Whenever a stranger passes by in a neighborhood, the locals eye them suspiciously, especially at someone like me, driving through the town alone despite the daytime artillery shelling. As a reporter on the ground, meeting eyewitnesses is essential, but many locals hesitated to travel with me as a guide to the active conflict zone.
Their reluctance is understandable. It is an unnerving experience to travel near a police regiment that fires artillery shells all day and is situated on the way to Ywar Haung Taw village, where about 10 artillery rounds landed, while Army fighter jets reportedly bombed the forests near neighboring Pan Myaung village about 12 km east of downtown Mrauk-U. Given the random artillery firing, it’s not safe to go there. One displaced villager, Karen Chay, who sought refuge in Chit Thaung monastery, agreed to lead the way to his village and we were able to interview witnesses and photograph eight projectiles collected by villagers.
On my third day in Mrauk-U, March 19, I learned that the Army used several attack helicopters and fighter jets against AA fighters in the mountains in neighboring Min Byar Township’s Pan Myaung village for three days.
Pan Myaung, which comprises more than 2,000 households and has a market, hospital and several monasteries, has been serving as a home to about 2,000 IDPs from neighboring villages. They are terrified of being detained or killed by LID Nos. 55 and 22, which are deployed in their region.
Although I wanted to observe the reality with my own eyes in Pan Myaung, locals from Mrauk-U would not travel there with me.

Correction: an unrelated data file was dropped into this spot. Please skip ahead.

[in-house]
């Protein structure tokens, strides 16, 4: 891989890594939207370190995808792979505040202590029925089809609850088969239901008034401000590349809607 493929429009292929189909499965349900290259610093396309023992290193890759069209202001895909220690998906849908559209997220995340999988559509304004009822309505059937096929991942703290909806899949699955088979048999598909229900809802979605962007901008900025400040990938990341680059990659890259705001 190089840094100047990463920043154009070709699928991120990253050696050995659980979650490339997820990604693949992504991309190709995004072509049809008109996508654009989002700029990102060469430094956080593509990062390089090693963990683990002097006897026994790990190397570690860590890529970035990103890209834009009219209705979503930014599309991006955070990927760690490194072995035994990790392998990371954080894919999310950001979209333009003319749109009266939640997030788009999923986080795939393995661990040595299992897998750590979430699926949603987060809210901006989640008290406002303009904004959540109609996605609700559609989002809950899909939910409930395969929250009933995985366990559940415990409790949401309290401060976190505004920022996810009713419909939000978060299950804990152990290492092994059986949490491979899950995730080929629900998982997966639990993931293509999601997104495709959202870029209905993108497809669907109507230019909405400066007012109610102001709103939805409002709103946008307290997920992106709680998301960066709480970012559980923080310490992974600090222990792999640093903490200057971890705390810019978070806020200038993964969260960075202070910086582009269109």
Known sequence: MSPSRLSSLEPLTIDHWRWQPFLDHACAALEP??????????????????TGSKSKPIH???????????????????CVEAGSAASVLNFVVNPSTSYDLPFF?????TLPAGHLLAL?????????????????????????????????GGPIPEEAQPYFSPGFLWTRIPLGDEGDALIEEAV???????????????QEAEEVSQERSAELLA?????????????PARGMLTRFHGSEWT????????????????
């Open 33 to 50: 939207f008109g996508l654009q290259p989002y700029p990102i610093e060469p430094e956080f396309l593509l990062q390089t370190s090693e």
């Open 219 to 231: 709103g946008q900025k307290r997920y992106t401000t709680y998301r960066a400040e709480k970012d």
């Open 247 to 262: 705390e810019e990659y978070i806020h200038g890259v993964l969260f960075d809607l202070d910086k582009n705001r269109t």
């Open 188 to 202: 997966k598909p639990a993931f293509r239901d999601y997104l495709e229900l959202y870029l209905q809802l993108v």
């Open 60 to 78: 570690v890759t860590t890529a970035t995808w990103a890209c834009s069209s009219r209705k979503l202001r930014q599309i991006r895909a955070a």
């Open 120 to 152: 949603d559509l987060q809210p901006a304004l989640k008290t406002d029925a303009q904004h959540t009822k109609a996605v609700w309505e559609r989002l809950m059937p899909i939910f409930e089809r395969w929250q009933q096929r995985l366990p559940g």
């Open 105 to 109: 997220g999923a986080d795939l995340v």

Rights abuses by soldiers
On March 21, my fifth day in Mrauk-U, I was able to meet up with Pan Myaung locals and spent one night in the village. On the morning of March 22, I awoke to the sound of shelling. In fact, the Army’s tactical operation base is situated right behind a hill near Pan Myaung monastery. That monastery is one of two that currently house about 1,000 displaced villagers.
Whenever the Army fired an artillery round, dozens of children playing in the monastery compound ran into the structure. Displaced villagers told me they are more scared of gunfire than artillery explosions. Villagers showed me the mountains where Army attack helicopters and fighter jets attacked 5 km away, on the opposite side of the Army tactical base.
Villagers recalled that some 100 soldiers raided areas in Pan Myaung model village despite not having engaged the AA there. Army troops fired at homes, tortured for hours more than 120 villagers deemed to be suspicious, and detained four civilians from the village.
Eight residents of Pan Myaung village corroborated the reports of torture by Army troops, and of shooting and looting on March 19. About six patients I spoke to in Mrauk-U Hospital with gunshot and artillery shrapnel wounds sustained in Mrauk-U and Min Byar townships said Army troops shot them for no reason.
Senior Army officers denied that soldiers from LID Nos. 22 and 55, or from regional battalions in northern Rakhine, had committed rights abuses, but soldiers from LID No. 22 handed 100,000 kyats to the patients in Mrauk-U Hospital last week.
Ma Nandar Khine, daughter of wounded local resident Daw Than Than Win from Pan Myaung village, said that she only took the money because she was terrified of the soldiers, and if possible would like to return the cash.